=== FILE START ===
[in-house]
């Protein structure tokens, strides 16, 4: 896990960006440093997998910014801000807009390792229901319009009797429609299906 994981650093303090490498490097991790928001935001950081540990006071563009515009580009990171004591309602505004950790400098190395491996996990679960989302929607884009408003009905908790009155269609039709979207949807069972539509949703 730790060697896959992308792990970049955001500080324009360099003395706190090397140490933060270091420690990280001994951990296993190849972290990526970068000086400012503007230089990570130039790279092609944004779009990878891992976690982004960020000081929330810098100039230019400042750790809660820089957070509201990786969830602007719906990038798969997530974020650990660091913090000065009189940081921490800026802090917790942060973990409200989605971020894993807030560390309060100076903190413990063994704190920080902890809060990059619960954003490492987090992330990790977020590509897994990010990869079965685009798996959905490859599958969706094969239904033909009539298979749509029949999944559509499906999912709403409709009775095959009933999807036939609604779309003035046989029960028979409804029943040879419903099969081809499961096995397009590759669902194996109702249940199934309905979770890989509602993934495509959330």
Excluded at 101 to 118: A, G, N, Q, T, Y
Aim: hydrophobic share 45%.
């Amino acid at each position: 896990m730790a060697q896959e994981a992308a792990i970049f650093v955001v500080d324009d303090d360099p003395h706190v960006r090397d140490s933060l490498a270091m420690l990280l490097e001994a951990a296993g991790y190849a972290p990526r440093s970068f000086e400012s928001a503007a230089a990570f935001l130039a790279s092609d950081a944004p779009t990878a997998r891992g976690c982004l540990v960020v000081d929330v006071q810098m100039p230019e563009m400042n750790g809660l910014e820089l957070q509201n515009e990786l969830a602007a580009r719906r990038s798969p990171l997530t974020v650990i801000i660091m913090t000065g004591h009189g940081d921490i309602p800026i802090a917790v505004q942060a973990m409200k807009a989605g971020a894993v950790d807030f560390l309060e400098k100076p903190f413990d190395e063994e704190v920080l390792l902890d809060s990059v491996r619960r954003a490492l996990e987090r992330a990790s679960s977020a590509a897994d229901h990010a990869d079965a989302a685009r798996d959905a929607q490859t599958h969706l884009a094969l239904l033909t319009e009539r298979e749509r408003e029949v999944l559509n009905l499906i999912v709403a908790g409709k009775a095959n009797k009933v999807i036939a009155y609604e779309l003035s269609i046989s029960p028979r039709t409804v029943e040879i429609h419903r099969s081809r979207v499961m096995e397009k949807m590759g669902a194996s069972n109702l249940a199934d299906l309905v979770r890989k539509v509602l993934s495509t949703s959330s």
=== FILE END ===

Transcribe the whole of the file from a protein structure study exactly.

[in-house]
């Protein structure tokens, strides 16, 4: 896990960006440093997998910014801000807009390792229901319009009797429609299906 994981650093303090490498490097991790928001935001950081540990006071563009515009580009990171004591309602505004950790400098190395491996996990679960989302929607884009408003009905908790009155269609039709979207949807069972539509949703 730790060697896959992308792990970049955001500080324009360099003395706190090397140490933060270091420690990280001994951990296993190849972290990526970068000086400012503007230089990570130039790279092609944004779009990878891992976690982004960020000081929330810098100039230019400042750790809660820089957070509201990786969830602007719906990038798969997530974020650990660091913090000065009189940081921490800026802090917790942060973990409200989605971020894993807030560390309060100076903190413990063994704190920080902890809060990059619960954003490492987090992330990790977020590509897994990010990869079965685009798996959905490859599958969706094969239904033909009539298979749509029949999944559509499906999912709403409709009775095959009933999807036939609604779309003035046989029960028979409804029943040879419903099969081809499961096995397009590759669902194996109702249940199934309905979770890989509602993934495509959330």
Excluded at 101 to 118: A, G, N, Q, T, Y
Aim: hydrophobic share 45%.
């Amino acid at each position: 896990m730790a060697q896959e994981a992308a792990i970049f650093v955001v500080d324009d303090d360099p003395h706190v960006r090397d140490s933060l490498a270091m420690l990280l490097e001994a951990a296993g991790y190849a972290p990526r440093s970068f000086e400012s928001a503007a230089a990570f935001l130039a790279s092609d950081a944004p779009t990878a997998r891992g976690c982004l540990v960020v000081d929330v006071q810098m100039p230019e563009m400042n750790g809660l910014e820089l957070q509201n515009e990786l969830a602007a580009r719906r990038s798969p990171l997530t974020v650990i801000i660091m913090t000065g004591h009189g940081d921490i309602p800026i802090a917790v505004q942060a973990m409200k807009a989605g971020a894993v950790d807030f560390l309060e400098k100076p903190f413990d190395e063994e704190v920080l390792l902890d809060s990059v491996r619960r954003a490492l996990e987090r992330a990790s679960s977020a590509a897994d229901h990010a990869d079965a989302a685009r798996d959905a929607q490859t599958h969706l884009a094969l239904l033909t319009e009539r298979e749509r408003e029949v999944l559509n009905l499906i999912v709403a908790g409709k009775a095959n009797k009933v999807i036939a009155y609604e779309l003035s269609i046989s029960p028979r039709t409804v029943e040879i429609h419903r099969s081809r979207v499961m096995e397009k949807m590759g669902a194996s069972n109702l249940a199934d299906l309905v979770r890989k539509v509602l993934s495509t949703s959330s």